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Between Punk Rock and a Hard Place


Dee Dee Ramone (with Joey's leg in the foreground) at CBGB, 1977.  

In the late eighties, when Kristal’s landlords decided that, what with the crack epidemic raging and the city cutting back on social services, maybe the flophouse upstairs wasn’t such a going concern, they offered Kristal a chance to bid on the place. He could not raise the $4 million–plus asking price. “Owning a business in this city, even for many years—it doesn’t count for much,” he says. I ask if he at least owns his apartment, and he laughs. Though he did recently buy a house in Asbury Park, New Jersey—“the first place I’ve ever owned. Actually, the bank owns it. I’ll own it outright when I’m 103”—he lives in a small rent-stabilized place on East 3rd Street, next to the Hells Angels club. As for the building, the BRC took it over with a 45-year lease in 1993; it was thought the group would be best at dealing with the flophouse tenants.

“Maybe I was stupid,” Kristal says now, “but I never tried to make any money off this. Whenever I got anything, I put it right back.” These days, he maintains an art gallery next door that also stages folk-rock and theatrical productions, and a lounge downstairs, for avant-jazz and parties.

But here’s the way the world works now: By not making ingenious business moves, by not recognizing the truly outstanding bands and signing them, by not capitalizing early and often on the CBGB name, Hilly Kristal managed to maintain the place in its pristine original form, and when, not long ago, he finally got around to marketing CBGB clothing in earnest, he had on his hands a brand both authentic and cool—a commodity so rare and so precious, it was as if he’d discovered a mound of treasure behind a wall in the basement. Last year, the CBGB clothing line, led by the flagship CBGB T-shirt, grossed $2 million. This year, it might do better, what with the tote bags, shower curtains, and toddler outfits. Hipsters make fun: “It’s cool,” one indie blogger recently joked, “that a clothing company has gotten successful enough to open a rock club,” but then hipsters have always made fun of Kristal. No one ever digs the cat who keeps the plumbing going and sells barf bibs on the Internet.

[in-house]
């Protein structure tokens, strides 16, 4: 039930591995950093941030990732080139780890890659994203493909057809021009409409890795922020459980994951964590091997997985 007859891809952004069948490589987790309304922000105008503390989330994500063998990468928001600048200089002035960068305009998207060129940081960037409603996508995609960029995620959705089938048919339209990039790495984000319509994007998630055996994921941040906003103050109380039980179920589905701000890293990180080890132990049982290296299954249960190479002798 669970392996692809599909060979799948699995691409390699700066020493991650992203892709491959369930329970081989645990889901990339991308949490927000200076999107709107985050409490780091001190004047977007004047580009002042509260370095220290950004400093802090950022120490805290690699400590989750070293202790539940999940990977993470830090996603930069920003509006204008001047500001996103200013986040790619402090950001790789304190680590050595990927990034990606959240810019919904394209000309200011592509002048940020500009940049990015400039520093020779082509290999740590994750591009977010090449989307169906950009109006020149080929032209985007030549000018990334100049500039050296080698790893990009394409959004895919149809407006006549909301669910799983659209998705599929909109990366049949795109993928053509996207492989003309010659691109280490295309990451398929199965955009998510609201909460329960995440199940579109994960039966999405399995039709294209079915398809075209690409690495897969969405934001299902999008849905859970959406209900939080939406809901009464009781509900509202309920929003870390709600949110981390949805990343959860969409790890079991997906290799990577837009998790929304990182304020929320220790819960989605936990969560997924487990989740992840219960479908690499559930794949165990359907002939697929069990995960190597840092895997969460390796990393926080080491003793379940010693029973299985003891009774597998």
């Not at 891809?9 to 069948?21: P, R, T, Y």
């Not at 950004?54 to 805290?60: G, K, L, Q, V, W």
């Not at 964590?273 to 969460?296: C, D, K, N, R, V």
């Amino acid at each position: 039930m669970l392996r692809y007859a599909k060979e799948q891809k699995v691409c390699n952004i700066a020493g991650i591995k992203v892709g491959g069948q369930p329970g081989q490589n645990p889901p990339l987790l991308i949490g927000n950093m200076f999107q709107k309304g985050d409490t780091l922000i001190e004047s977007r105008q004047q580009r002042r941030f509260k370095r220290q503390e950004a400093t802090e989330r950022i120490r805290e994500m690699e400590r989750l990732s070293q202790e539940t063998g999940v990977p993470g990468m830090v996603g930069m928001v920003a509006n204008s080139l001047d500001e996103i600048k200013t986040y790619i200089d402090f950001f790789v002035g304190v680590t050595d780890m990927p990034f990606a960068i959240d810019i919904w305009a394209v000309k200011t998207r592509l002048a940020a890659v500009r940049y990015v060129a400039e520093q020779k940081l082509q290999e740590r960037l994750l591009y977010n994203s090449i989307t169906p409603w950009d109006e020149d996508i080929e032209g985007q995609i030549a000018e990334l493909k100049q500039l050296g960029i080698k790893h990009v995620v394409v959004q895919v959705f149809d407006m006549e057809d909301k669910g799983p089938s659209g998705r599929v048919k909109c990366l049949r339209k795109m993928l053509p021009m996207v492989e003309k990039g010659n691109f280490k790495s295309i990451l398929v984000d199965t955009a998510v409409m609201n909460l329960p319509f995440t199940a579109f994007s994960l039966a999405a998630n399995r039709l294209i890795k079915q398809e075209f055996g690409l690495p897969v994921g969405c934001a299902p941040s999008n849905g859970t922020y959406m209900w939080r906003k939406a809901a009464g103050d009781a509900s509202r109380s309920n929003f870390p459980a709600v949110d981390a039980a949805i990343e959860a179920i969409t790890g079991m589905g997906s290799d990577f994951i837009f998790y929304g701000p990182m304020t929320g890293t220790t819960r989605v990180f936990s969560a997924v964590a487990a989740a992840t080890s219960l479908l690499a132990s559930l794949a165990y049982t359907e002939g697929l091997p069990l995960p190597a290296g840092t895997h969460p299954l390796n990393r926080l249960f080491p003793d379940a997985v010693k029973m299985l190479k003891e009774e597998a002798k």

The dreaded inspector finally arrives at CBGB. He is doing a certificate of occupancy for the downstairs lounge area; he is early and asks if he can check out the famous bar and stage before heading in for the inspection.

The phone rings often as we talk, and Kristal usually picks it up himself, announcing “CBGB” in that wonderfully low, slightly drawling voice of his. Franco, the original bassist for Millions of Dead Cops (famous for its 1981 anthem, “John Wayne Was a Nazi”), calls from New Mexico. He thinks Kristal should organize a contest for the best “Save CBGB” song. “That’s a good idea,” Kristal says. “We can put it on the Internet. It’ll get out there if we put it on the Internet.” It so happens Franco has already written a song, which he now performs. “That’s good,” Kristal says. “That might be the winner. We should think who’s going to judge this. Should I? . . . Well, Joey Ramone’s dead. Johnny too. And Dee Dee. Yeah. They’re all dead.”

Kristal’s roll call is interrupted by the initial report from the building inspector—it is delivered by a punk-rocker in his late twenties, with long hair and a cool loop ring in his septum: “He says we need to put a handlebar in the stall for handicapped people.”

“A handlebar?” says Kristal.

“Right. For handicapped people. Should be easy.”

“Okay. Is that it?”

“So far, yeah.”

Kristal looks unconvinced.

And the music? The night before, I had attended the famous amateur tryout night at CBGB—the night when just about any band can play, and maybe get a shot at a gig at CBGB. Except it’s not hard to get a gig at CBGB, and as far as I could tell, the industry heavies had stayed home. In fact, the place was dead. There were a few foreign graduate students, by the looks of them, and no one beat them up; we all listened peacefully to a rock band from Rochester that sounded like Green Day and a ska band from Worcester that sounded like the Mighty Mighty Bosstones.

The next night, I saw Dylan Nirvana, a pint-size bleached-hair punk-rocker who looks a little like Kurt Cobain. There were now maybe fifteen people. After the show, the bar staff stood around complaining. “He was supposed to finish at 11:30, he stayed on there until 11:40,” one said.

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